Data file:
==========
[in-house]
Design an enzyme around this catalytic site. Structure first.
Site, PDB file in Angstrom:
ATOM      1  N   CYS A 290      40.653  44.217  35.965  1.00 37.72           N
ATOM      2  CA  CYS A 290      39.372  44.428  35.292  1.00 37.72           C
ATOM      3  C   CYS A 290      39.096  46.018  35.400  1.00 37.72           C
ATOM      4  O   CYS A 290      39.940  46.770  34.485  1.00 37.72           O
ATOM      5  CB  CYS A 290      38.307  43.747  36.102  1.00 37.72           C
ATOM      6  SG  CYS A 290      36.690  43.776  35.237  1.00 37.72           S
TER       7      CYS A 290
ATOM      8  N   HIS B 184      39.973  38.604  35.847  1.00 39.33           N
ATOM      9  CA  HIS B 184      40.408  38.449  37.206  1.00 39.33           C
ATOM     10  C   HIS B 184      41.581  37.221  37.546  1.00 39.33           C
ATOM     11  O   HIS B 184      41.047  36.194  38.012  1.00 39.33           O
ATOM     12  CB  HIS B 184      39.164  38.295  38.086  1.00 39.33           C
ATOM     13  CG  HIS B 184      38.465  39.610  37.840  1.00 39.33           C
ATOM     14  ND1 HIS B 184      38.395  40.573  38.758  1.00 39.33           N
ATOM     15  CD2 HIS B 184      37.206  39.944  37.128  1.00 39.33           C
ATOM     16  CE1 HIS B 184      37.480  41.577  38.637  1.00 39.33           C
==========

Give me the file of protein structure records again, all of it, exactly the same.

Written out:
[in-house]
Design an enzyme around this catalytic site. Structure first.
Site, PDB file in Angstrom:
ATOM      1  N   CYS A 290      40.653  44.217  35.965  1.00 37.72           N
ATOM      2  CA  CYS A 290      39.372  44.428  35.292  1.00 37.72           C
ATOM      3  C   CYS A 290      39.096  46.018  35.400  1.00 37.72           C
ATOM      4  O   CYS A 290      39.940  46.770  34.485  1.00 37.72           O
ATOM      5  CB  CYS A 290      38.307  43.747  36.102  1.00 37.72           C
ATOM      6  SG  CYS A 290      36.690  43.776  35.237  1.00 37.72           S
TER       7      CYS A 290
ATOM      8  N   HIS B 184      39.973  38.604  35.847  1.00 39.33           N
ATOM      9  CA  HIS B 184      40.408  38.449  37.206  1.00 39.33           C
ATOM     10  C   HIS B 184      41.581  37.221  37.546  1.00 39.33           C
ATOM     11  O   HIS B 184      41.047  36.194  38.012  1.00 39.33           O
ATOM     12  CB  HIS B 184      39.164  38.295  38.086  1.00 39.33           C
ATOM     13  CG  HIS B 184      38.465  39.610  37.840  1.00 39.33           C
ATOM     14  ND1 HIS B 184      38.395  40.573  38.758  1.00 39.33           N
ATOM     15  CD2 HIS B 184      37.206  39.944  37.128  1.00 39.33           C
ATOM     16  CE1 HIS B 184      37.480  41.577  38.637  1.00 39.33           C